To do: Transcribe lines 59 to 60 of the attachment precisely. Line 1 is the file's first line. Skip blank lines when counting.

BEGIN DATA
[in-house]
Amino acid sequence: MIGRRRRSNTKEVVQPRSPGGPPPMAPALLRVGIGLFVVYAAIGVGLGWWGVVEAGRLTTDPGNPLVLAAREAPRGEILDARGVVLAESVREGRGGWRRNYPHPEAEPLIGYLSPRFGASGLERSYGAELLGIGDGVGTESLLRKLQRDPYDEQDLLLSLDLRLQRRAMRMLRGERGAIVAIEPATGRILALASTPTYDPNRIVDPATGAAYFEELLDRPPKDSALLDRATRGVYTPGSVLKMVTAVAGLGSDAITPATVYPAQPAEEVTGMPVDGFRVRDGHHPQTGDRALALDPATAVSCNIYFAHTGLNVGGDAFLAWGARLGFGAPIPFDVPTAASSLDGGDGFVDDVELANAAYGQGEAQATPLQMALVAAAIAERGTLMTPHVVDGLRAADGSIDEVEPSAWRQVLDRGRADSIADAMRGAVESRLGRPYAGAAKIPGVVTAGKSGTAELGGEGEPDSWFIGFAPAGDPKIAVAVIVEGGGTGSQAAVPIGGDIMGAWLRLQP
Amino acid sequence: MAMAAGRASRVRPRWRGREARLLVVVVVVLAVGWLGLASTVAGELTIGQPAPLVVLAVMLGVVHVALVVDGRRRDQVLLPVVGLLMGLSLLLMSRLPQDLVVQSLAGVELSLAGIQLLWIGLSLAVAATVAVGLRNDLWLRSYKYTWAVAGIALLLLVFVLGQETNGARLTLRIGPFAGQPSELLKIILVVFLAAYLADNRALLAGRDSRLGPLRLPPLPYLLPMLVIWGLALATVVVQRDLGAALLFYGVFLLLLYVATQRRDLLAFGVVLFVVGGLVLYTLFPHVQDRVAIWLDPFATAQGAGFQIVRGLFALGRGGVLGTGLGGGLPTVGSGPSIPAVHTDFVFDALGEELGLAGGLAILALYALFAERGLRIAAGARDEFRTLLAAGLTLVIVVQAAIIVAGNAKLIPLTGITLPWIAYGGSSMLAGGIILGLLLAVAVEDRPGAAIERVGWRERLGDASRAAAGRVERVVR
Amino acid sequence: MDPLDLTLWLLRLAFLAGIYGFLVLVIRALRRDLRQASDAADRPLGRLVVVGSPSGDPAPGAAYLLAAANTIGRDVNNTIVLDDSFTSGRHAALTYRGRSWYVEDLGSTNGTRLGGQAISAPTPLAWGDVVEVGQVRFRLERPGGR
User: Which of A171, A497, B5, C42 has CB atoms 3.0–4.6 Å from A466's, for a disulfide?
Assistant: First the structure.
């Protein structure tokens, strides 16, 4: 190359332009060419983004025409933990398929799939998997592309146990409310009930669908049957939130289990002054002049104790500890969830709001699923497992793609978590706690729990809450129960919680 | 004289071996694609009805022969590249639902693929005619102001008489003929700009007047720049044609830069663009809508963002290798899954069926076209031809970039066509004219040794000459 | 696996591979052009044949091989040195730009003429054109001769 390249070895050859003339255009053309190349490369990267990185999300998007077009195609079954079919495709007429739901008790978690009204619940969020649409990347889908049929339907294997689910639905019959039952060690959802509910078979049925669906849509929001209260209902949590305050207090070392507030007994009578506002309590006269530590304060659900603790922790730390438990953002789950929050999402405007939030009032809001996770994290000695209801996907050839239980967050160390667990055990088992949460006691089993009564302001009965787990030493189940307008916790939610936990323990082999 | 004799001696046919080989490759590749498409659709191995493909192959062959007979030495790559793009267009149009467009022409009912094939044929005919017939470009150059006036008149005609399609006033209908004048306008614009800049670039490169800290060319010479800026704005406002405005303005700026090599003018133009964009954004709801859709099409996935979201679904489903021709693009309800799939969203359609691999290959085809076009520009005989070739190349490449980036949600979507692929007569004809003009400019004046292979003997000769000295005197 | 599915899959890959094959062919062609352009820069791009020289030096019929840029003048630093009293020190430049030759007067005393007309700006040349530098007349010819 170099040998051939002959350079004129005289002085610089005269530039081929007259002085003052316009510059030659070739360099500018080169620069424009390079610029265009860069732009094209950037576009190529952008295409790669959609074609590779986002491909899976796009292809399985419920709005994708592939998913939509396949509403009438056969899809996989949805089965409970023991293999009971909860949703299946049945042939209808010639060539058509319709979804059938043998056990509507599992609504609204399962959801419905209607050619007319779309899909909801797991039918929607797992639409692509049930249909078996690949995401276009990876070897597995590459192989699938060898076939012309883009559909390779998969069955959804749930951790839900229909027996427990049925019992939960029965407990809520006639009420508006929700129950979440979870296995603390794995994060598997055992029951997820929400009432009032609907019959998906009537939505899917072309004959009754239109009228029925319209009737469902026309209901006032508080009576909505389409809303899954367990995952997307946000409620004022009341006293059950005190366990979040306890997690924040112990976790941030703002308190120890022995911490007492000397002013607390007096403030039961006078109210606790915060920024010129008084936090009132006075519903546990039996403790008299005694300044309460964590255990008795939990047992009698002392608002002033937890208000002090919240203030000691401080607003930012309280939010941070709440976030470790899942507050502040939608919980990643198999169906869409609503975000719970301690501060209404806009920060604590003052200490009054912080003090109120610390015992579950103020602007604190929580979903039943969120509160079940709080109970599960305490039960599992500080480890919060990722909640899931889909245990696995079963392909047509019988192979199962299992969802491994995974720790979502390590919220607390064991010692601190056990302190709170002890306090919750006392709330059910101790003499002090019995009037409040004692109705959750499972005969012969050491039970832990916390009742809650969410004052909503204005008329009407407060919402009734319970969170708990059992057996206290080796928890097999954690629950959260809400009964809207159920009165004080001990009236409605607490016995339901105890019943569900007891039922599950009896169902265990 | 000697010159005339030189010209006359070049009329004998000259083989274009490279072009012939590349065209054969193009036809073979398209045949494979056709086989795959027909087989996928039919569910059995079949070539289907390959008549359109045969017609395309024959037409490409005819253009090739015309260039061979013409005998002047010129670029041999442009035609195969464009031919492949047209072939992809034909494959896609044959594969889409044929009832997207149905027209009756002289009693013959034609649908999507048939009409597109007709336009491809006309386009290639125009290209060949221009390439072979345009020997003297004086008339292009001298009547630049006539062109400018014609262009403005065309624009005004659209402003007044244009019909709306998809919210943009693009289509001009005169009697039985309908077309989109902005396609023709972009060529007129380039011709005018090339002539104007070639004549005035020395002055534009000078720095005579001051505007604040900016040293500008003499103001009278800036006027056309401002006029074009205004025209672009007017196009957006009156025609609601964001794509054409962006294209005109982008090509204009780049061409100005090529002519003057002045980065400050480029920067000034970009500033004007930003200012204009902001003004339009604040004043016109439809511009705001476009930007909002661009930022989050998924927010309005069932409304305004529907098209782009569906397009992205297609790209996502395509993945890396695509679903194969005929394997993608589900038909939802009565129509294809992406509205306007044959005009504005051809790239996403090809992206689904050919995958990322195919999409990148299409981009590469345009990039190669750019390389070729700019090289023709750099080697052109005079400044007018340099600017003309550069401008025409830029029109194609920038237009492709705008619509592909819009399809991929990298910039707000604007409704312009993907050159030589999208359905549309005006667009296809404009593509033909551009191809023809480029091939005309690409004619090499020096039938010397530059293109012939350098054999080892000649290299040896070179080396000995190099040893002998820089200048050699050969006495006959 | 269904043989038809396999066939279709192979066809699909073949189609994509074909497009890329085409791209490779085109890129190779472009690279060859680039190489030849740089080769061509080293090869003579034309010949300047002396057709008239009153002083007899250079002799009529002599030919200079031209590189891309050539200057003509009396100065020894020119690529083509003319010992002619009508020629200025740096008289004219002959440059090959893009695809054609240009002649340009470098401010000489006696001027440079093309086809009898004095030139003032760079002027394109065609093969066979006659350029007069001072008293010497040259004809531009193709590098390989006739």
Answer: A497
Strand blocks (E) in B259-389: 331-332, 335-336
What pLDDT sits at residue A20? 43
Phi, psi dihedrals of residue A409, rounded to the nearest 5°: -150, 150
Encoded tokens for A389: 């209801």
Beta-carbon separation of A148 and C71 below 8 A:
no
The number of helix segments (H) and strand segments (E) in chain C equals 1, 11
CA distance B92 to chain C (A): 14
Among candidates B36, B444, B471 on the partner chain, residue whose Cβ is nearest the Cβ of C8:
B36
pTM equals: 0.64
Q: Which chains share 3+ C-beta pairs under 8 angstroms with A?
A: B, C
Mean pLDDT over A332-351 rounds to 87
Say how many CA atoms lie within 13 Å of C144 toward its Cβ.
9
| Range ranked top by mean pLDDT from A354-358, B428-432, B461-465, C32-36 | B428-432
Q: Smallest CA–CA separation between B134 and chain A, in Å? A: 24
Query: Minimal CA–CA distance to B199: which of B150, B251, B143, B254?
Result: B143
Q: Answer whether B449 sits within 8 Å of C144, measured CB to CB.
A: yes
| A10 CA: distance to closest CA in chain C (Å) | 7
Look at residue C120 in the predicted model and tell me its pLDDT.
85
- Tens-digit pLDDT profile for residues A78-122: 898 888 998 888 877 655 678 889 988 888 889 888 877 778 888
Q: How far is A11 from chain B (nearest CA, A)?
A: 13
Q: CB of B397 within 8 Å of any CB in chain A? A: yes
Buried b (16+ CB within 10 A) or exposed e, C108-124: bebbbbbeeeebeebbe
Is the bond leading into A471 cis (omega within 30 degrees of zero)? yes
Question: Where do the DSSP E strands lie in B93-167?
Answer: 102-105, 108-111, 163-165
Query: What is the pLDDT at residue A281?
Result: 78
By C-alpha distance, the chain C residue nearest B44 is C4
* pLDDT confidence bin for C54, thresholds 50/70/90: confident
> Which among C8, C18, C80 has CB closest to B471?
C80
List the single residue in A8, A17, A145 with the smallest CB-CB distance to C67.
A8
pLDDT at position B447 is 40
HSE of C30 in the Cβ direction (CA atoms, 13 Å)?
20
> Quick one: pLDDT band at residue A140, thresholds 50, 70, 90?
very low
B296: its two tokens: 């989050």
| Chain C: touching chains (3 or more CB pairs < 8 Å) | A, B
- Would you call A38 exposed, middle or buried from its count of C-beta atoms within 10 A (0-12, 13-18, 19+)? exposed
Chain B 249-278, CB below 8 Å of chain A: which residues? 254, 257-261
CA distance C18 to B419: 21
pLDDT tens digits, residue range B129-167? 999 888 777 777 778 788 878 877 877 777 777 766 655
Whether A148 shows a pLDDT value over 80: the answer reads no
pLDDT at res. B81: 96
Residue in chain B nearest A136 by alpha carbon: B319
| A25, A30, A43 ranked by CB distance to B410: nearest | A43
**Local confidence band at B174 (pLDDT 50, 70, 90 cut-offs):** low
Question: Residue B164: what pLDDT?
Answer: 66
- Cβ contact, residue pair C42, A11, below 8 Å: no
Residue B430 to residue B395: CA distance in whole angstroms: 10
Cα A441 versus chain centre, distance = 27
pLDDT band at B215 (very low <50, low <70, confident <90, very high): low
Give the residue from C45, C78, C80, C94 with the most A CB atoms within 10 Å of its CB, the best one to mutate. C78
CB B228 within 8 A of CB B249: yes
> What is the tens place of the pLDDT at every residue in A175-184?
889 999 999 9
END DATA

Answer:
CA distance C18 to B419: 21
pLDDT tens digits, residue range B129-167? 999 888 777 777 778 788 878 877 877 777 777 766 655